Introduction: The objective of this work was to evaluate the safeguards implemented by surgical trainees to protect the confidentiality of electronic patient data through a structured questionnaire sent to Northern Ireland surgical trainees. Participants and Methods: A group of 32 basic and higher surgical trainees attending a meeting of the Northern Ireland Association of Surgeons-in-Training were invited to complete a questionnaire regarding their computer use, UK Data Protection Act, 1988 registration and electronic data cofidentially practices. Results: Of these 32 trainees, 29 returned completed questionnaires of whom 26 trainees regularly stored sensitive patient data for audit or research purposes on a computer. Only one person was registered under the Data Protection Acts, 1988. Of the computers used to store and analyse sensitive data, only 3 of 14 desktops, 8 of 19 laptops and 3 of 14 hand-held computers forced a password logon. Of the 29 trainees, 16 used the same password for all machines, and 25 of 27 passwords were less than 8 characters long. Two respondents declined to reveal details of their secure passwords. Half of all trainees had never adjusted their internet security settings, despite all 14 desktops, 16 of 19 laptops and 5 of 14 hand-held being routinely connected to the internet. Of the 29 trainees, 28 never encrypted their sensitive data files. Ten trainees had sent unencrypted sensitive patient data over the internet, using a non-secure server. Conclusion: Electronic data confidentiality practices amongst Northern Ireland surgical trainees are unsafe. Simple practical measures to safeguard confidentiality are recommended.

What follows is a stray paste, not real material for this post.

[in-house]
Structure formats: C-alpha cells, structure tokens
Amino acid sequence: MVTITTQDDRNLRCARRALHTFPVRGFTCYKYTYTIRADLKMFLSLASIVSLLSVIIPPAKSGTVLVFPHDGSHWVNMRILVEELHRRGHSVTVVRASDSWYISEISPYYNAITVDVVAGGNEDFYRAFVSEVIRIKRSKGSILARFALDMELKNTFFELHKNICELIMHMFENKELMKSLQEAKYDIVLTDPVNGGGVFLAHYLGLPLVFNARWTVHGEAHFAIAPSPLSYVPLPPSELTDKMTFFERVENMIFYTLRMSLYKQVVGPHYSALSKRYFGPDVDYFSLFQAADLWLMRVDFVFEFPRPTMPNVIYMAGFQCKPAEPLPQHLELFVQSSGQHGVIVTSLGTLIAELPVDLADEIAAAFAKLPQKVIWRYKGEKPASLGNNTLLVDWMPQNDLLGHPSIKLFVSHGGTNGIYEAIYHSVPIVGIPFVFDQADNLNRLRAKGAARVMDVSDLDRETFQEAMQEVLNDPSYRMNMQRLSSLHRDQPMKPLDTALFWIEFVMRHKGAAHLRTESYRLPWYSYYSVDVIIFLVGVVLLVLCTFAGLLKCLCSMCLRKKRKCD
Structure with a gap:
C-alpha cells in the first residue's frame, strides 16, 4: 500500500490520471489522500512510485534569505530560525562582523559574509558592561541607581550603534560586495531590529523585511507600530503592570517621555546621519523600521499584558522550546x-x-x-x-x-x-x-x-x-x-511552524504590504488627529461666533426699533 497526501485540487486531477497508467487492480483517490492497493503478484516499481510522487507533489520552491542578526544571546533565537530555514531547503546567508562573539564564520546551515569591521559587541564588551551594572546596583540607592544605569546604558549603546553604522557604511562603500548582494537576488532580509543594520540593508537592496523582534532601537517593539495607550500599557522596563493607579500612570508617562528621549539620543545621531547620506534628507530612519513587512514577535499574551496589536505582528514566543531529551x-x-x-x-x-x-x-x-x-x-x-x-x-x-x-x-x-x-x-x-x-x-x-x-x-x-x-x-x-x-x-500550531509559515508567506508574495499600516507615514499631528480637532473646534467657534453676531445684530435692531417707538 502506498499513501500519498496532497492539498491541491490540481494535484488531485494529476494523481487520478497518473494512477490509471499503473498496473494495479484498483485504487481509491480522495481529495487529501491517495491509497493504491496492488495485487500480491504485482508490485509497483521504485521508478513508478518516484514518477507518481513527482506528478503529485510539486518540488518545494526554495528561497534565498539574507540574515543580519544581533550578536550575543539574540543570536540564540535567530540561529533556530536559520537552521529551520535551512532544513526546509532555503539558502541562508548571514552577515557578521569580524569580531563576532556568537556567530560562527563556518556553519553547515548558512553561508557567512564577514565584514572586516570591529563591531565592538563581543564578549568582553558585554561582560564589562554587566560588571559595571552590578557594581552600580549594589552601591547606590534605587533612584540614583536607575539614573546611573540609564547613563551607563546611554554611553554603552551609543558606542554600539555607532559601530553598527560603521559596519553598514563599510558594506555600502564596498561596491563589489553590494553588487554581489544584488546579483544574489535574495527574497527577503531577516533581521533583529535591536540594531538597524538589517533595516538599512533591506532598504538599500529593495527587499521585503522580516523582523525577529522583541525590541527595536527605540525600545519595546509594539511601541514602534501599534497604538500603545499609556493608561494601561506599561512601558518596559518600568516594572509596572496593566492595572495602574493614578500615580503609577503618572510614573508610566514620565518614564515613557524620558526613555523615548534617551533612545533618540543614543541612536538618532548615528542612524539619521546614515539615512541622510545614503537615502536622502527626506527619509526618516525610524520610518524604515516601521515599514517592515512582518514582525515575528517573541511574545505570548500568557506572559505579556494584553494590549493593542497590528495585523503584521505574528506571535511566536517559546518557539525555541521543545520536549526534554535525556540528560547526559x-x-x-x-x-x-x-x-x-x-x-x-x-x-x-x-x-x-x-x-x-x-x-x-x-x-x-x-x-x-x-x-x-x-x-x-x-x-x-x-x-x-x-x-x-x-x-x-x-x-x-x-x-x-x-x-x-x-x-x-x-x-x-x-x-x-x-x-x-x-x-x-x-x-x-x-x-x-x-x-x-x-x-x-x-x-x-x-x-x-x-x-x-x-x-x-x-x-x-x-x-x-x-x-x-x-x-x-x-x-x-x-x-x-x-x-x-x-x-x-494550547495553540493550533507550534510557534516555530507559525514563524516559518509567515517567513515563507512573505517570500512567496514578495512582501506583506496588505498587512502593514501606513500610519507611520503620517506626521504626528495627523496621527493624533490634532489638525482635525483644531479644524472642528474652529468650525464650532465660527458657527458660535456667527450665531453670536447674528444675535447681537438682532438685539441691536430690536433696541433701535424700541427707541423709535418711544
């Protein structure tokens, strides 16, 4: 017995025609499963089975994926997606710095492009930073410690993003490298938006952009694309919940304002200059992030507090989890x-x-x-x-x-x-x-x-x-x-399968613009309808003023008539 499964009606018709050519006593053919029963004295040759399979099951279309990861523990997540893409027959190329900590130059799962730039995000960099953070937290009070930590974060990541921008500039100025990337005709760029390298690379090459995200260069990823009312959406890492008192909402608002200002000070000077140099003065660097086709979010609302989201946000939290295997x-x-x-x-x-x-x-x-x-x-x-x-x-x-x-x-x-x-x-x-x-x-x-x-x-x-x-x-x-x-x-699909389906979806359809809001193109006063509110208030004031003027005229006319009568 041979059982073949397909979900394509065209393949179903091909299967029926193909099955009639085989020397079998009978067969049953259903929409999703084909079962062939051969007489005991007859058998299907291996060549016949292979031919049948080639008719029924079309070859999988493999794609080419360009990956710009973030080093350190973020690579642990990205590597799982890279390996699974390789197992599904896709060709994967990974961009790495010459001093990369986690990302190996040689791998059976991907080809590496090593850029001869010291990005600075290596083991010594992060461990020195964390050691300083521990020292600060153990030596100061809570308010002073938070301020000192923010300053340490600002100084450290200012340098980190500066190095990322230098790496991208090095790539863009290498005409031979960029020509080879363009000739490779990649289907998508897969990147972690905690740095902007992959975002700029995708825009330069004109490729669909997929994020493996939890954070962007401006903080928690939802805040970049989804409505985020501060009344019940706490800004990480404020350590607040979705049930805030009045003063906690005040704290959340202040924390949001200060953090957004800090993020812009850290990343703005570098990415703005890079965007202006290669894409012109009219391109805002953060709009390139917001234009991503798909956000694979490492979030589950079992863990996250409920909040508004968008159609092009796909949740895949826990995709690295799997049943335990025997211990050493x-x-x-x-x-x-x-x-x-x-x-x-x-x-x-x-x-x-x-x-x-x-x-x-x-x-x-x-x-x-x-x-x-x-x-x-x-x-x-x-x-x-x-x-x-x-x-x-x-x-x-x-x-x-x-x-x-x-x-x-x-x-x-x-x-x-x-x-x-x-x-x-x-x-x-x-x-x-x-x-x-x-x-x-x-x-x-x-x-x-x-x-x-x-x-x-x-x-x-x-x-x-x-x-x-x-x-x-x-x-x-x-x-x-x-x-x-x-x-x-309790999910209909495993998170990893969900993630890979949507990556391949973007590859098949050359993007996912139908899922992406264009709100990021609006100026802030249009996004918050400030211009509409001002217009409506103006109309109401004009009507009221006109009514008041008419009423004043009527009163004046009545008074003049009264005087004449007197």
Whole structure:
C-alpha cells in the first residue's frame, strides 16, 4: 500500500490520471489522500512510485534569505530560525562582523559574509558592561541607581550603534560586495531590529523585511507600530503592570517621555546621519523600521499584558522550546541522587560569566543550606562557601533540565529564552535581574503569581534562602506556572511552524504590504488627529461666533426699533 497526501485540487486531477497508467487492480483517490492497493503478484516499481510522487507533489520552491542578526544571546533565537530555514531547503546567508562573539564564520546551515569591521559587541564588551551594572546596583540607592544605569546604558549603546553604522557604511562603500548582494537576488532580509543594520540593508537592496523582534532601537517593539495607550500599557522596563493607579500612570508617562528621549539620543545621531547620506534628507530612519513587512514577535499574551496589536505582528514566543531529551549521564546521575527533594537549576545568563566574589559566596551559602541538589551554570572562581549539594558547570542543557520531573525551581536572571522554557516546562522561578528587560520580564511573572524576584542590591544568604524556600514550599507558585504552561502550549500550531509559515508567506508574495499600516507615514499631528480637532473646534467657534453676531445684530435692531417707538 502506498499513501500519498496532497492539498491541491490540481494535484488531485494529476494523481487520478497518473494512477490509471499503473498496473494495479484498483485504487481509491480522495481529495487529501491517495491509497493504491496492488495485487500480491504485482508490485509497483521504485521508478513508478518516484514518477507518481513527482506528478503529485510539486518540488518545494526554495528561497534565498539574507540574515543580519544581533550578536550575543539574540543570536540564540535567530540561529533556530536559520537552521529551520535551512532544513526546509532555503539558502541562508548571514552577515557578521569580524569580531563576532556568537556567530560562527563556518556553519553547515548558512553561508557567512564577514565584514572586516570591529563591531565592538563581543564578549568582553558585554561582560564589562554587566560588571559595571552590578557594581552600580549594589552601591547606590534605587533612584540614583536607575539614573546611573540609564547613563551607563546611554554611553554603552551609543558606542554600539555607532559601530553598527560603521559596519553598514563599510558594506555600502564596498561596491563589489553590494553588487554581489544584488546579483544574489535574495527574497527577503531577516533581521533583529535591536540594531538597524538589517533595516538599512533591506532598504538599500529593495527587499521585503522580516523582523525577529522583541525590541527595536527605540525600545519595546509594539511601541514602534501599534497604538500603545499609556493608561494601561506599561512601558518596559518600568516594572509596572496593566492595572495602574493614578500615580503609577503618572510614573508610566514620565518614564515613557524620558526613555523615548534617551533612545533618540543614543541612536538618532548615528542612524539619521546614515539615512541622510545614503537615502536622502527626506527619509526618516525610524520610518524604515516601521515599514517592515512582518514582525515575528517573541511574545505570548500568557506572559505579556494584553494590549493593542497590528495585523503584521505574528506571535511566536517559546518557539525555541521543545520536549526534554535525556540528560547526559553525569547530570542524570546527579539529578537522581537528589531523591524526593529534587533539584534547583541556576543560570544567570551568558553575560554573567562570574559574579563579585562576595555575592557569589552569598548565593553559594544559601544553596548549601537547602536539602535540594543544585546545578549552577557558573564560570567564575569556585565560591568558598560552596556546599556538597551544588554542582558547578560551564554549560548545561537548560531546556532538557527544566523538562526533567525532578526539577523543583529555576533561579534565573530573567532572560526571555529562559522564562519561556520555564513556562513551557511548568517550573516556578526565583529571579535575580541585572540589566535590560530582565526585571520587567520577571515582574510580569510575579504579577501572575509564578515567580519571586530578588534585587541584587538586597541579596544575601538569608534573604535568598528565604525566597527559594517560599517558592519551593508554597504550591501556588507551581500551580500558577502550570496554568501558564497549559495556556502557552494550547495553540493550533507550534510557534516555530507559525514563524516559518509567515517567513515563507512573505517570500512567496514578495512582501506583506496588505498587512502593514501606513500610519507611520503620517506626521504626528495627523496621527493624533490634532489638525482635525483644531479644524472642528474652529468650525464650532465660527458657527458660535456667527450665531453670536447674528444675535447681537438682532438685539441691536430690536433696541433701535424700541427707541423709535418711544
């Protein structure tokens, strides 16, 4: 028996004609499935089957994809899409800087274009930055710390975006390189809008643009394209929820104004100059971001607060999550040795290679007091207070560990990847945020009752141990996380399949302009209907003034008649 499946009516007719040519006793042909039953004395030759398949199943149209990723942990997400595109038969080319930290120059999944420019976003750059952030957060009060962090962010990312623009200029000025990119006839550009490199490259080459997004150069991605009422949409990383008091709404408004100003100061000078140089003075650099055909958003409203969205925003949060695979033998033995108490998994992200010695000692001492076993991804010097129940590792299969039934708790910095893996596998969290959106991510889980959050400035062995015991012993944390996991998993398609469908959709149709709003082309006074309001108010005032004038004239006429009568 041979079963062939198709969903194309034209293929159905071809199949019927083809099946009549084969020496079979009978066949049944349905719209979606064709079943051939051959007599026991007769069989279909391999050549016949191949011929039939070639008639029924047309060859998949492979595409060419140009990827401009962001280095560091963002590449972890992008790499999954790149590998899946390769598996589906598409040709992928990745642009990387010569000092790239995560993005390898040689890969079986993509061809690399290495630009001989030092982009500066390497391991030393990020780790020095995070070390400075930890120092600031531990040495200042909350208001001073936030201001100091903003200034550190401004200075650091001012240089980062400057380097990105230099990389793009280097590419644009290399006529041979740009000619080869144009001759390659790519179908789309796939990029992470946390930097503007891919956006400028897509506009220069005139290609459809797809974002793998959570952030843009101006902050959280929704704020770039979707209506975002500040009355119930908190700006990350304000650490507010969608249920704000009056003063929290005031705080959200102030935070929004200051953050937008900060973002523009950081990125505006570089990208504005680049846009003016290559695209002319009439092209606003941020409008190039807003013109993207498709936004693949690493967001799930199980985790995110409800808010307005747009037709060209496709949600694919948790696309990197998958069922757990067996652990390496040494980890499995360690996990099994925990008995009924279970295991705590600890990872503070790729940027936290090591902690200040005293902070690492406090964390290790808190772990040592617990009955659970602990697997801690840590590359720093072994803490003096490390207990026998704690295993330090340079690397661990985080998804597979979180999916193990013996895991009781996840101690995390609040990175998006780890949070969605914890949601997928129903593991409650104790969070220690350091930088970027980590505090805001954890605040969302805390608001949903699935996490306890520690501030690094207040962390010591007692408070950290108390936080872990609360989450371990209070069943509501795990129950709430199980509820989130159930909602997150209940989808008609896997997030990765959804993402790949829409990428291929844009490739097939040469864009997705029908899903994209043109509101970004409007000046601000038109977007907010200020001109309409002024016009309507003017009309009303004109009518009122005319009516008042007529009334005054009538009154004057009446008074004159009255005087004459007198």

|Number of pages||4|
|Journal||Annals of The Royal College of Surgeons of England|
|Publication status||Published - 1 Oct 2006|
- Electronic data
- Surgical trainees